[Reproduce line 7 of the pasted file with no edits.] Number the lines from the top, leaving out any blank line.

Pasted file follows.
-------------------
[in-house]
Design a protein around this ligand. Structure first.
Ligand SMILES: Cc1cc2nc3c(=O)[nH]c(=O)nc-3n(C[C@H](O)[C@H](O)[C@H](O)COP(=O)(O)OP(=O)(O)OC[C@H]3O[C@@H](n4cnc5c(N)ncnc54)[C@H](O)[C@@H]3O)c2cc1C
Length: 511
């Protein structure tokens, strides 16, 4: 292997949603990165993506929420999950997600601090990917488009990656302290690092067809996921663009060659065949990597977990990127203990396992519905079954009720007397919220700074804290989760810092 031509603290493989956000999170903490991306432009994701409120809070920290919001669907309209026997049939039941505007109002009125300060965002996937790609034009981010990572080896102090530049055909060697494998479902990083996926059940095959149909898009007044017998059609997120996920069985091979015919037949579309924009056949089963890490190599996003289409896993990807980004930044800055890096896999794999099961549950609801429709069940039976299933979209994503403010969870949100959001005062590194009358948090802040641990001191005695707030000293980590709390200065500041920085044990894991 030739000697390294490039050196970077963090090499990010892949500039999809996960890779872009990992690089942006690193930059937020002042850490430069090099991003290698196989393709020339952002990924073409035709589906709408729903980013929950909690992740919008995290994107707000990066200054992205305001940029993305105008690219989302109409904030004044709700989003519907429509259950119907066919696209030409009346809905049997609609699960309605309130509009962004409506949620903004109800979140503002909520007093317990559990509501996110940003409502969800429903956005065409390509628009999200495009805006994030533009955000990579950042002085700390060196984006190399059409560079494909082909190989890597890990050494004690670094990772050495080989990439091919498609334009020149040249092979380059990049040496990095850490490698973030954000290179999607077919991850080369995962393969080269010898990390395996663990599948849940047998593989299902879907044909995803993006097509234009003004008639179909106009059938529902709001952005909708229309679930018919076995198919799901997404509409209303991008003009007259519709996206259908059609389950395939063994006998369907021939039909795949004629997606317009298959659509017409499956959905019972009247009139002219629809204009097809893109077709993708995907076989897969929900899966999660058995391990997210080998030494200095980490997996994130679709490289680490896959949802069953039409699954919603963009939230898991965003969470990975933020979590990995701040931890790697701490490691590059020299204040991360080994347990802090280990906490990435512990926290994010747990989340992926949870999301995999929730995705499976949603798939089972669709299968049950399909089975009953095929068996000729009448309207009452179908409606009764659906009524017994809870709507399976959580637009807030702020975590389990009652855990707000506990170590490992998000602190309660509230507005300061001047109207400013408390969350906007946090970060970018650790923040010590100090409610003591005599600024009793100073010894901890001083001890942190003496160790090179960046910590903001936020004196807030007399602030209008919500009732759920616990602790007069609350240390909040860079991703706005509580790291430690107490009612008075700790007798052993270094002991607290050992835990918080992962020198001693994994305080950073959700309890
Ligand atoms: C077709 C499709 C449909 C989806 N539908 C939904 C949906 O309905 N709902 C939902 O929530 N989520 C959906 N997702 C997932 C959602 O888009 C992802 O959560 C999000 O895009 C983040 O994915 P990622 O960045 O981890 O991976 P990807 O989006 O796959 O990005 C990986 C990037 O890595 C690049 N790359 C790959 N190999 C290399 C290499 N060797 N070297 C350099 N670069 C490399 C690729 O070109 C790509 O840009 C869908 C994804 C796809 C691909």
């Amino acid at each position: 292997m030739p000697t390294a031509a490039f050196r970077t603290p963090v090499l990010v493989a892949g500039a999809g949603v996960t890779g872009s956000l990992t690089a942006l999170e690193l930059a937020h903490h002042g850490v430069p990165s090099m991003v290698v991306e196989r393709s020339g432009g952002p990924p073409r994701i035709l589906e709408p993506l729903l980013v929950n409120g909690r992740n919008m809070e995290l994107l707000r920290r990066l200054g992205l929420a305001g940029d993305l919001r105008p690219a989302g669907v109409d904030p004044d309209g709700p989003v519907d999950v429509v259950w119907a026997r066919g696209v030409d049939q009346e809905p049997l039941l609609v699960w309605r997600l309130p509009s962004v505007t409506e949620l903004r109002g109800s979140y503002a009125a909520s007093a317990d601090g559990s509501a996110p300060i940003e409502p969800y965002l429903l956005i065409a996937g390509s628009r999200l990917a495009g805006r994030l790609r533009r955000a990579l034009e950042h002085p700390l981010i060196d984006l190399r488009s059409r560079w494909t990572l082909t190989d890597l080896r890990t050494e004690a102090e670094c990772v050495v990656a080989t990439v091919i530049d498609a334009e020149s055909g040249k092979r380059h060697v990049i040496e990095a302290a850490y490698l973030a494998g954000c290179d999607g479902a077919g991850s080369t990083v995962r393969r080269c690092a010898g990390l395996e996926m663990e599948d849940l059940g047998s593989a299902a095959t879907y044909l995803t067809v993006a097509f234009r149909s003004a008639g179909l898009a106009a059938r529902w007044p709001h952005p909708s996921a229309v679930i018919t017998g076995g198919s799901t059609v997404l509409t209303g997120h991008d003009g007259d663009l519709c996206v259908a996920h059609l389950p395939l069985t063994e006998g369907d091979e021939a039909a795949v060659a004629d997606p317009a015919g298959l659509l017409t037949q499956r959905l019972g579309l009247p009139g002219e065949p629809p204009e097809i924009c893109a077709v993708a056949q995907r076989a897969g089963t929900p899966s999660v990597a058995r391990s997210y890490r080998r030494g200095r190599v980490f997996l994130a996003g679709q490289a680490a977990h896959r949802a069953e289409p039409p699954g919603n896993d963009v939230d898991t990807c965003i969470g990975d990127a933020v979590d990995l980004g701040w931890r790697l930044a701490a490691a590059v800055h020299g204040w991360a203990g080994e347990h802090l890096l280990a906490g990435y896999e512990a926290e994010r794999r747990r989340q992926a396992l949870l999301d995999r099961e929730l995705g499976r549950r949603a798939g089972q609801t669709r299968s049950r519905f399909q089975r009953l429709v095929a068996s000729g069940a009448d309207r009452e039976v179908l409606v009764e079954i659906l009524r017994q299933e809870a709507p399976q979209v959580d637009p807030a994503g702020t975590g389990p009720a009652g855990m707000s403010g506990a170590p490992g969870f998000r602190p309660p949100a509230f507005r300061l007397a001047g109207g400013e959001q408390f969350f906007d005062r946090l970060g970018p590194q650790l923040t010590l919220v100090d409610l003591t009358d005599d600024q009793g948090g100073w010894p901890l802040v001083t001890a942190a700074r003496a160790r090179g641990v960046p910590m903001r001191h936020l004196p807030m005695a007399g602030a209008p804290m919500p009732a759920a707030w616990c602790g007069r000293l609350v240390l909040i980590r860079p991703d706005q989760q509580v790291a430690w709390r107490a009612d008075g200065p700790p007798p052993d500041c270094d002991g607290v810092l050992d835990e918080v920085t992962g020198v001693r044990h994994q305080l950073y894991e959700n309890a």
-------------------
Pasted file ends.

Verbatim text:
């Amino acid at each position: 292997m030739p000697t390294a031509a490039f050196r970077t603290p963090v090499l990010v493989a892949g500039a999809g949603v996960t890779g872009s956000l990992t690089a942006l999170e690193l930059a937020h903490h002042g850490v430069p990165s090099m991003v290698v991306e196989r393709s020339g432009g952002p990924p073409r994701i035709l589906e709408p993506l729903l980013v929950n409120g909690r992740n919008m809070e995290l994107l707000r920290r990066l200054g992205l929420a305001g940029d993305l919001r105008p690219a989302g669907v109409d904030p004044d309209g709700p989003v519907d999950v429509v259950w119907a026997r066919g696209v030409d049939q009346e809905p049997l039941l609609v699960w309605r997600l309130p509009s962004v505007t409506e949620l903004r109002g109800s979140y503002a009125a909520s007093a317990d601090g559990s509501a996110p300060i940003e409502p969800y965002l429903l956005i065409a996937g390509s628009r999200l990917a495009g805006r994030l790609r533009r955000a990579l034009e950042h002085p700390l981010i060196d984006l190399r488009s059409r560079w494909t990572l082909t190989d890597l080896r890990t050494e004690a102090e670094c990772v050495v990656a080989t990439v091919i530049d498609a334009e020149s055909g040249k092979r380059h060697v990049i040496e990095a302290a850490y490698l973030a494998g954000c290179d999607g479902a077919g991850s080369t990083v995962r393969r080269c690092a010898g990390l395996e996926m663990e599948d849940l059940g047998s593989a299902a095959t879907y044909l995803t067809v993006a097509f234009r149909s003004a008639g179909l898009a106009a059938r529902w007044p709001h952005p909708s996921a229309v679930i018919t017998g076995g198919s799901t059609v997404l509409t209303g997120h991008d003009g007259d663009l519709c996206v259908a996920h059609l389950p395939l069985t063994e006998g369907d091979e021939a039909a795949v060659a004629d997606p317009a015919g298959l659509l017409t037949q499956r959905l019972g579309l009247p009139g002219e065949p629809p204009e097809i924009c893109a077709v993708a056949q995907r076989a897969g089963t929900p899966s999660v990597a058995r391990s997210y890490r080998r030494g200095r190599v980490f997996l994130a996003g679709q490289a680490a977990h896959r949802a069953e289409p039409p699954g919603n896993d963009v939230d898991t990807c965003i969470g990975d990127a933020v979590d990995l980004g701040w931890r790697l930044a701490a490691a590059v800055h020299g204040w991360a203990g080994e347990h802090l890096l280990a906490g990435y896999e512990a926290e994010r794999r747990r989340q992926a396992l949870l999301d995999r099961e929730l995705g499976r549950r949603a798939g089972q609801t669709r299968s049950r519905f399909q089975r009953l429709v095929a068996s000729g069940a009448d309207r009452e039976v179908l409606v009764e079954i659906l009524r017994q299933e809870a709507p399976q979209v959580d637009p807030a994503g702020t975590g389990p009720a009652g855990m707000s403010g506990a170590p490992g969870f998000r602190p309660p949100a509230f507005r300061l007397a001047g109207g400013e959001q408390f969350f906007d005062r946090l970060g970018p590194q650790l923040t010590l919220v100090d409610l003591t009358d005599d600024q009793g948090g100073w010894p901890l802040v001083t001890a942190a700074r003496a160790r090179g641990v960046p910590m903001r001191h936020l004196p807030m005695a007399g602030a209008p804290m919500p009732a759920a707030w616990c602790g007069r000293l609350v240390l909040i980590r860079p991703d706005q989760q509580v790291a430690w709390r107490a009612d008075g200065p700790p007798p052993d500041c270094d002991g607290v810092l050992d835990e918080v920085t992962g020198v001693r044990h994994q305080l950073y894991e959700n309890a």